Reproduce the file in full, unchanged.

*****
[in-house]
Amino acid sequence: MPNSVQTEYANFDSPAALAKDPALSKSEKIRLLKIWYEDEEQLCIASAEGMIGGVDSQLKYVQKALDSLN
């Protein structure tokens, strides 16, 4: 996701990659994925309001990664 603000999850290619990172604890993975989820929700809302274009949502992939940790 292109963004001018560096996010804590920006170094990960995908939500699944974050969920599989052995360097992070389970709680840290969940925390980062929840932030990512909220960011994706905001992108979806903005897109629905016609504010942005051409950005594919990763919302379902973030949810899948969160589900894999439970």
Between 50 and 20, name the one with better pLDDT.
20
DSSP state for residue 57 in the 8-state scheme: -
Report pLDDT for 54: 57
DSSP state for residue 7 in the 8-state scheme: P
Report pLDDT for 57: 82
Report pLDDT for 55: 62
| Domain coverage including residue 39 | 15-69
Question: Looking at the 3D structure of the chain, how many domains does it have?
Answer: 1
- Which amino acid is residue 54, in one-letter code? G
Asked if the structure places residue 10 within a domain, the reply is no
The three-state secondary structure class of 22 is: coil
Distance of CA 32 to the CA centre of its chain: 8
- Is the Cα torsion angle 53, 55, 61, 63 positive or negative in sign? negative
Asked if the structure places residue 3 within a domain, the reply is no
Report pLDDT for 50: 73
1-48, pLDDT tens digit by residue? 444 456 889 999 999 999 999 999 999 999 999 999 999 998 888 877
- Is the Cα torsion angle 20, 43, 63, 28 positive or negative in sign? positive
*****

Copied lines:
[in-house]
Amino acid sequence: MPNSVQTEYANFDSPAALAKDPALSKSEKIRLLKIWYEDEEQLCIASAEGMIGGVDSQLKYVQKALDSLN
């Protein structure tokens, strides 16, 4: 996701990659994925309001990664 603000999850290619990172604890993975989820929700809302274009949502992939940790 292109963004001018560096996010804590920006170094990960995908939500699944974050969920599989052995360097992070389970709680840290969940925390980062929840932030990512909220960011994706905001992108979806903005897109629905016609504010942005051409950005594919990763919302379902973030949810899948969160589900894999439970």
Between 50 and 20, name the one with better pLDDT.
20
DSSP state for residue 57 in the 8-state scheme: -
Report pLDDT for 54: 57
DSSP state for residue 7 in the 8-state scheme: P
Report pLDDT for 57: 82
Report pLDDT for 55: 62
| Domain coverage including residue 39 | 15-69
Question: Looking at the 3D structure of the chain, how many domains does it have?
Answer: 1
- Which amino acid is residue 54, in one-letter code? G
Asked if the structure places residue 10 within a domain, the reply is no
The three-state secondary structure class of 22 is: coil
Distance of CA 32 to the CA centre of its chain: 8
- Is the Cα torsion angle 53, 55, 61, 63 positive or negative in sign? negative
Asked if the structure places residue 3 within a domain, the reply is no
Report pLDDT for 50: 73
1-48, pLDDT tens digit by residue? 444 456 889 999 999 999 999 999 999 999 999 999 999 998 888 877
- Is the Cα torsion angle 20, 43, 63, 28 positive or negative in sign? positive